"[Rome] is something that has suffered many drastic changes in the course of two thousand years, yet we find there still the same soil, the same hill, often even the same column or wall, and in its people one still finds traces of their ancient character. Contemplating this, the observer [finds]…it difficult…to follow the evolution of the city, to grasp not only how Modern Rome follows on Ancient, but also how, within both, one age follows upon another. I shall first of all try to grope my way along this half-hidden track by myself, for only after I have done that shall I be able to benefit from the excellent earlier studies to which, from the fifteen century until today, eminent scholars and artists have devoted their lives.

As the quotation from Goethe suggests, it didn’t take long until Biondo’s verbal
reconstruction of the city in the form of a book inspired some two and three dimensional models. Thus Raphael, as supervisor of antiquities of the city of Rome at the beginning of the 1500s, is reported to have worked on a map of ancient Rome, but no trace of this survives. What we do have are many reconstructions on paper and canvass in the form of drawings, engravings, and paintings. For example, the Parisian architect Etienne Du Pérac produced a new plan of ancient Rome in 1574 and along with it a book entitled Drawings of the Ruins of Rome and How They Appeared in Antiquity. This collection went through nine editions over the next two centuries, proving yet again—if more proof were needed—that tourists and students of Rome find such aids absolutely indispensable.

By the way, a descendent of Du Pérac’s book is still in print in Rome today and is sold in the thousands at $35 per copy for the large size and $20 for the small. It is simply entitled Ancient Rome: Monuments Past and Present, and it ingeniously puts transparencies showing the ancient buildings over photos of the way things look today.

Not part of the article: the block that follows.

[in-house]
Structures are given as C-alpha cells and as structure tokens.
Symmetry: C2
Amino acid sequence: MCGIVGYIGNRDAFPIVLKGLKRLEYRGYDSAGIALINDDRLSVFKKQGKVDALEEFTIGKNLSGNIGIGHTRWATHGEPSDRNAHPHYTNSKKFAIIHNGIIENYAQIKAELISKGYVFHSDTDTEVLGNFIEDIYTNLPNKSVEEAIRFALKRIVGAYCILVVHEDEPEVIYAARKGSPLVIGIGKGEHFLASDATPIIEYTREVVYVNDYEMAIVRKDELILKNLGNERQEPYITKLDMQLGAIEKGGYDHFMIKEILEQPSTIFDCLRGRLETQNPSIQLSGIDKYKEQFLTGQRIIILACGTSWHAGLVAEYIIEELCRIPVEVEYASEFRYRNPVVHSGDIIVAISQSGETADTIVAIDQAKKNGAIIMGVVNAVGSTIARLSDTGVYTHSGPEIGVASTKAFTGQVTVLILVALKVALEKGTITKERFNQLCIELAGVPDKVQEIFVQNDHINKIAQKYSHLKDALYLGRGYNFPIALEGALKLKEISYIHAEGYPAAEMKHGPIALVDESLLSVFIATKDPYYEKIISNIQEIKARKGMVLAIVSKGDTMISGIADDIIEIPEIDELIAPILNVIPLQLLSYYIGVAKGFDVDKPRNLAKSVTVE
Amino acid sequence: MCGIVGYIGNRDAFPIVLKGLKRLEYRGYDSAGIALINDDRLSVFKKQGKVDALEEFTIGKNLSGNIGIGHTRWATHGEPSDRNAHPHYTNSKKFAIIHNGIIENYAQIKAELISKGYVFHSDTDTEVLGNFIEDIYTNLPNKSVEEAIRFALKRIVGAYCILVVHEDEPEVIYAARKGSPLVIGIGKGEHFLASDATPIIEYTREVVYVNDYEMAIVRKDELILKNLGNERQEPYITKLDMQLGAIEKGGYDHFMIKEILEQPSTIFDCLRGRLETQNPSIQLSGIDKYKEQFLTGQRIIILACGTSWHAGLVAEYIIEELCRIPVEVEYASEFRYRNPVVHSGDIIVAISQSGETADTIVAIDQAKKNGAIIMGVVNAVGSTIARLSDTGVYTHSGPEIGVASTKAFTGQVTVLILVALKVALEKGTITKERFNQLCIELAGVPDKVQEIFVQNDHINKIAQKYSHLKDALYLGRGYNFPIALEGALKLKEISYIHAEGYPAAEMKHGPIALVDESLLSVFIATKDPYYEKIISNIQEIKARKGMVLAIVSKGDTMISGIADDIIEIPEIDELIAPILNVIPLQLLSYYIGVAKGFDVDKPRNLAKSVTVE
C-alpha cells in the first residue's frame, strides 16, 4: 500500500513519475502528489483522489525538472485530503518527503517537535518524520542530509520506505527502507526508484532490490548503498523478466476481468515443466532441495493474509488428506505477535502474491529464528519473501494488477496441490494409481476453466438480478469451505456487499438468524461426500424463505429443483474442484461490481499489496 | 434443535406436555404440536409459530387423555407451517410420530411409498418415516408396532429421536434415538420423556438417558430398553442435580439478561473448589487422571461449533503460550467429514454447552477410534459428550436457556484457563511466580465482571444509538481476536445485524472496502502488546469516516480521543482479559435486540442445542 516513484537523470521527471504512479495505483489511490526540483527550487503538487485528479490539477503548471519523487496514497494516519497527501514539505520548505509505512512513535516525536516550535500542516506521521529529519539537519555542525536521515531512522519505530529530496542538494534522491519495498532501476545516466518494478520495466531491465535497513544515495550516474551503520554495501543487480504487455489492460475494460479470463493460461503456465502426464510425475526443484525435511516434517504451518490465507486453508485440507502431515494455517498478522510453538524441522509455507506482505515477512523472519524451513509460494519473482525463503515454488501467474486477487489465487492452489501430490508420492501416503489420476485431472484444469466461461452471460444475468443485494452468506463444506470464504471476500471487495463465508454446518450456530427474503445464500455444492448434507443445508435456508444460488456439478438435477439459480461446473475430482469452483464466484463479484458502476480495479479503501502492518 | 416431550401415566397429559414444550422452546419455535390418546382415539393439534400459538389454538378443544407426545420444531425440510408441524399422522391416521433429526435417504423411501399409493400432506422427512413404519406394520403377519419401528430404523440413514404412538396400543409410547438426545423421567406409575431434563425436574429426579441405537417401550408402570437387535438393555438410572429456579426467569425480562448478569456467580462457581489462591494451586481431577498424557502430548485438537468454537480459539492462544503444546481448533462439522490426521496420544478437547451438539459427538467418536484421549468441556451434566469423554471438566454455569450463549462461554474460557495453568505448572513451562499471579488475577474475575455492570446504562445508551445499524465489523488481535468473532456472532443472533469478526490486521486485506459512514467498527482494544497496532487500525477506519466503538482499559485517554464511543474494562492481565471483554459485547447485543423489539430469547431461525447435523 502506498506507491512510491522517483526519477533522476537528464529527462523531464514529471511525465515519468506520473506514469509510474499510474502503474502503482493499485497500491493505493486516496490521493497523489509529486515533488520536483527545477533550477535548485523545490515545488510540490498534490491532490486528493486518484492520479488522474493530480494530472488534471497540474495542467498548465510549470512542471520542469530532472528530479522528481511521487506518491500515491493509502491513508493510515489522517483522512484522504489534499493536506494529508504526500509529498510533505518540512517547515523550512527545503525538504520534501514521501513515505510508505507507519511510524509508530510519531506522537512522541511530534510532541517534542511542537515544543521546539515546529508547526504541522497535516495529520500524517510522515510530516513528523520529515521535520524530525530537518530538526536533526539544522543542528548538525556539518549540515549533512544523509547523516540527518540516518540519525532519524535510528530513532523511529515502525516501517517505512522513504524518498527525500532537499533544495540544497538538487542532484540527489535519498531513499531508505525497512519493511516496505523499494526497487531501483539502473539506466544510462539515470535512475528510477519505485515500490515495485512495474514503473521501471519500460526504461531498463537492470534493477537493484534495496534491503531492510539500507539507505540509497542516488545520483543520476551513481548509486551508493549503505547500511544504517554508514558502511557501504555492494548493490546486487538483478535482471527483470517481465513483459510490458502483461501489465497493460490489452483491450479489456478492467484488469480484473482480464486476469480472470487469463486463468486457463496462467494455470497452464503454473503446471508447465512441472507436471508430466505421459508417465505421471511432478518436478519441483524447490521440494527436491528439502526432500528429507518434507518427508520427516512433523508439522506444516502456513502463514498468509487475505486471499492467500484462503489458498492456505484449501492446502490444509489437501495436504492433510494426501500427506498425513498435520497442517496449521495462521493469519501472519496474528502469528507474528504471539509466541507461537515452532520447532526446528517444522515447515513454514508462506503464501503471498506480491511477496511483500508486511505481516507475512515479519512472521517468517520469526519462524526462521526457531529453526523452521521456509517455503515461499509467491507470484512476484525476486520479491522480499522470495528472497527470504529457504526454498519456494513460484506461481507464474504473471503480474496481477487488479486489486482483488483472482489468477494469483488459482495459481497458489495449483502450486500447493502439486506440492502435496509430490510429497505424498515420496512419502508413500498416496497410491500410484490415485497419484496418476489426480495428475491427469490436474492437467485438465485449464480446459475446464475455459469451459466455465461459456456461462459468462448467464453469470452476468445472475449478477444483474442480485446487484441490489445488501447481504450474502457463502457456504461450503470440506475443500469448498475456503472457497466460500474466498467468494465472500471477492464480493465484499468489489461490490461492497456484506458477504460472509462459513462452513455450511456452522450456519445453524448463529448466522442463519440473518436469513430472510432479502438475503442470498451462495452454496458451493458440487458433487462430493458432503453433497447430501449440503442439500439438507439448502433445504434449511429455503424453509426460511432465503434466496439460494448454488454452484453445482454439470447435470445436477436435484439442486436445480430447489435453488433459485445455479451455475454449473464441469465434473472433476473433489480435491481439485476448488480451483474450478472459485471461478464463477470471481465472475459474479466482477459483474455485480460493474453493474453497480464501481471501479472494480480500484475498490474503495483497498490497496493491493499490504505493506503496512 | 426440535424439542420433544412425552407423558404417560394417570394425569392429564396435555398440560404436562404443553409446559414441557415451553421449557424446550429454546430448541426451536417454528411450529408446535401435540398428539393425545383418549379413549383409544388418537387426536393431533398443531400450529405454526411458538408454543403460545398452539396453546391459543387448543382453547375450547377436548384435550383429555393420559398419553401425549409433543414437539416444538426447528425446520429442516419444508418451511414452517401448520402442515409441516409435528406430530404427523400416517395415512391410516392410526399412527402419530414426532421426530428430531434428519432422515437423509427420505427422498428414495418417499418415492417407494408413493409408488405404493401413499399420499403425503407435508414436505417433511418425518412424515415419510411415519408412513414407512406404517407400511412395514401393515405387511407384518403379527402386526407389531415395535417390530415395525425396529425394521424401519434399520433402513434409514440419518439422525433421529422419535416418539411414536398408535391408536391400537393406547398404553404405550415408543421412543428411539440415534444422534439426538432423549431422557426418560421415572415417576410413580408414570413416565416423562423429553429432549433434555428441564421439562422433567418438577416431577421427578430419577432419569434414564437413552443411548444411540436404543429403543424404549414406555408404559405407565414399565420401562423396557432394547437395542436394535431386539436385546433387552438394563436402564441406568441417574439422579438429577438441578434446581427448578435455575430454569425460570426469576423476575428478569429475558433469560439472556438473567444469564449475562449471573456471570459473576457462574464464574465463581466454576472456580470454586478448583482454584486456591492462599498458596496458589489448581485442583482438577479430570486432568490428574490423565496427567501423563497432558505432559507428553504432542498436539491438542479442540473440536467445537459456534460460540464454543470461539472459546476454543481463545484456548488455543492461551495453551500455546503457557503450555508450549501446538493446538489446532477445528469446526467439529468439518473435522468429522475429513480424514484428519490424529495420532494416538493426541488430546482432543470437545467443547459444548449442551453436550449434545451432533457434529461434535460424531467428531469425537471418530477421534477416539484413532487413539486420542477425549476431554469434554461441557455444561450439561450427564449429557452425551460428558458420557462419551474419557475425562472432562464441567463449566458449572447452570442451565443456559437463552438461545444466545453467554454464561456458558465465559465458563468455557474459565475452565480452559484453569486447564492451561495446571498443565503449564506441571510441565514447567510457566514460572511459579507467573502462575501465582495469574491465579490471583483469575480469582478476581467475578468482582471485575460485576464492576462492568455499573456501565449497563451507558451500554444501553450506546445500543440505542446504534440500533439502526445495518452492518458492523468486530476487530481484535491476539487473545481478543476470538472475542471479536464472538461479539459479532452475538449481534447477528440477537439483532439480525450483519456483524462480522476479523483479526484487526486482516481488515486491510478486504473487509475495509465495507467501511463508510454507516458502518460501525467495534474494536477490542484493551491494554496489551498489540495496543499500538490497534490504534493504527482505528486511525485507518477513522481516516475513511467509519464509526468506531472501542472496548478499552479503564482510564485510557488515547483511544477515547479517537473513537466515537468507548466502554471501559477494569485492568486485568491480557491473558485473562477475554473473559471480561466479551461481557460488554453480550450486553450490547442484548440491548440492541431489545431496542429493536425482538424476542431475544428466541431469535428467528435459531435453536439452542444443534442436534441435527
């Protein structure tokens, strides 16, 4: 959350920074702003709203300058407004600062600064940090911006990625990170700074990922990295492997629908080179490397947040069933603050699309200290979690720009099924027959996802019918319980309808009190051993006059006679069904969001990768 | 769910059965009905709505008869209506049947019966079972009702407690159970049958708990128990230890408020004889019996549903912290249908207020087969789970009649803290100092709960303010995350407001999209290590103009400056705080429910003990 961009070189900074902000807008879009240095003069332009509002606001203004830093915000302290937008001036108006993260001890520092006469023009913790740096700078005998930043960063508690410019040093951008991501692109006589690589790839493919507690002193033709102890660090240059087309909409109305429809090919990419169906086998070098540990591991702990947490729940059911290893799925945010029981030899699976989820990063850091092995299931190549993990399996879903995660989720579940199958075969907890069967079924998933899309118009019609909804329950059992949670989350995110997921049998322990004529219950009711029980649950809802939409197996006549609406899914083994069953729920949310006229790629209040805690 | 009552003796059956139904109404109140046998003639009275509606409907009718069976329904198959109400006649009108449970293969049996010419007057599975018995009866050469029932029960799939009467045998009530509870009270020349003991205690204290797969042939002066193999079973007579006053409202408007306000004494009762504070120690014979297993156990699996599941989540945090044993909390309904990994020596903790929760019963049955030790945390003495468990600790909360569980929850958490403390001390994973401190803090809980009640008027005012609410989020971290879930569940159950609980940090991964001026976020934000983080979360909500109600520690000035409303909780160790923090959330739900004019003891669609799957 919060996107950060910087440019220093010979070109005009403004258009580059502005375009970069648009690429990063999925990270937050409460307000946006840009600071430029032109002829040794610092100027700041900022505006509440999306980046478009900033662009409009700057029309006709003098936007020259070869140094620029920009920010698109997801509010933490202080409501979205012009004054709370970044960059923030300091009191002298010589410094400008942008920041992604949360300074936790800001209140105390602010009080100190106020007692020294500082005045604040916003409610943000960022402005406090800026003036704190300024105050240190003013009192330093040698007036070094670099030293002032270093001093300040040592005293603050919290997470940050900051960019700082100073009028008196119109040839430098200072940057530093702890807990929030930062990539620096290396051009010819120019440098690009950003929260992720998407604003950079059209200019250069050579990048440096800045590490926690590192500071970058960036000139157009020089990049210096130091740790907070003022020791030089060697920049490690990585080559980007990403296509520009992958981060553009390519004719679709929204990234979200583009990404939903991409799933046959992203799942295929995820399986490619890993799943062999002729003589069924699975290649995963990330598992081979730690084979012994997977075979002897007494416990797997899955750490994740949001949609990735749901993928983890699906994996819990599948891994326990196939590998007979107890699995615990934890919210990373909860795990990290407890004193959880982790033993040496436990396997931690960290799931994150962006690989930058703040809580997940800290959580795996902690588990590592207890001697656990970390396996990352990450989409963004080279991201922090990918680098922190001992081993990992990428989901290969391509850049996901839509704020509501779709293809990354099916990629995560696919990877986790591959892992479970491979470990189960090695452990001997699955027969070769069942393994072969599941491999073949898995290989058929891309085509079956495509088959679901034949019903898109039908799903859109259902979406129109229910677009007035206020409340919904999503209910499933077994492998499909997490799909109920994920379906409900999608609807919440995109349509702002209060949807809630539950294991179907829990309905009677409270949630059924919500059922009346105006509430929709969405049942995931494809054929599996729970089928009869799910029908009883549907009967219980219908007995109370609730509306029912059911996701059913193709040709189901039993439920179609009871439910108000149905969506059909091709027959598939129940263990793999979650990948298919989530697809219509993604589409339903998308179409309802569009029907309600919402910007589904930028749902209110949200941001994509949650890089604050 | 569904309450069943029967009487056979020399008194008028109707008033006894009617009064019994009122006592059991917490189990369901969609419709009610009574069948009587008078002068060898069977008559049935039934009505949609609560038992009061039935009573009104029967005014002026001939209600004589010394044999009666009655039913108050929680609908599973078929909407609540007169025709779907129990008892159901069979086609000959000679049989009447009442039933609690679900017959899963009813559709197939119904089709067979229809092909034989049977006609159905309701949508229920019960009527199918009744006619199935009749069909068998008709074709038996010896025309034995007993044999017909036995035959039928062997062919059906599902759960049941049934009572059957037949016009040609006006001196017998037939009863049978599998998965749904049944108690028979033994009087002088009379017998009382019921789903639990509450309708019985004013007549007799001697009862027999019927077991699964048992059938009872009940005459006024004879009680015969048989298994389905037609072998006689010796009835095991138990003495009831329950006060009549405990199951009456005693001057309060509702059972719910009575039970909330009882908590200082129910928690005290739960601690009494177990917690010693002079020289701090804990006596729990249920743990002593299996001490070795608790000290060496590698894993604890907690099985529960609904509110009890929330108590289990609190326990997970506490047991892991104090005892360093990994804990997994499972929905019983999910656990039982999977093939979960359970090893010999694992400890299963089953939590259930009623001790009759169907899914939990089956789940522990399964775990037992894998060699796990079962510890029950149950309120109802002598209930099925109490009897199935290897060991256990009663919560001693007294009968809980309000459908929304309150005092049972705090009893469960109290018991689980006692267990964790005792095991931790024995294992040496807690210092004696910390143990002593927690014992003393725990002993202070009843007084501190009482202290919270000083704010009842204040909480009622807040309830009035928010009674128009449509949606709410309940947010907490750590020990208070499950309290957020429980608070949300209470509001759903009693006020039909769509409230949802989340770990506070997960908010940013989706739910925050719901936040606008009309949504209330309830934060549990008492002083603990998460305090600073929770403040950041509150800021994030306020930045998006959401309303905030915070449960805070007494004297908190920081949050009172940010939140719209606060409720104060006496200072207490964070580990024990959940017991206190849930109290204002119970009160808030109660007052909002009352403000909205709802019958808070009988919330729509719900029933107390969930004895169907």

The climax of this effort to date is without doubt the Plastico di Roma antica—a 250
square meter reconstruction of the ancient city at a scale of 1:250. It represents the city at a fixed moment in time—the age of the Emperor Constantine the Great in the fourth century AD, when we think that the population had reached a peak of something like one million inhabitants. The buildings in the model are made of plaster of Paris, reinforced by vegetal fibers and metal. The hills are made of clay. Color is used, and there is an attempt to show vegetation and trees. Begun in the mid 1930s, the Plastico di Roma antica was built over the next forty years as a collaborative effort between architect Italo Gismondi, the Superintendent of Excavations at Ostia Antica, and many leading Roman archaeologists at the University of Rome. The participation of such subject experts ensured that the model was as scientifically accurate as possible.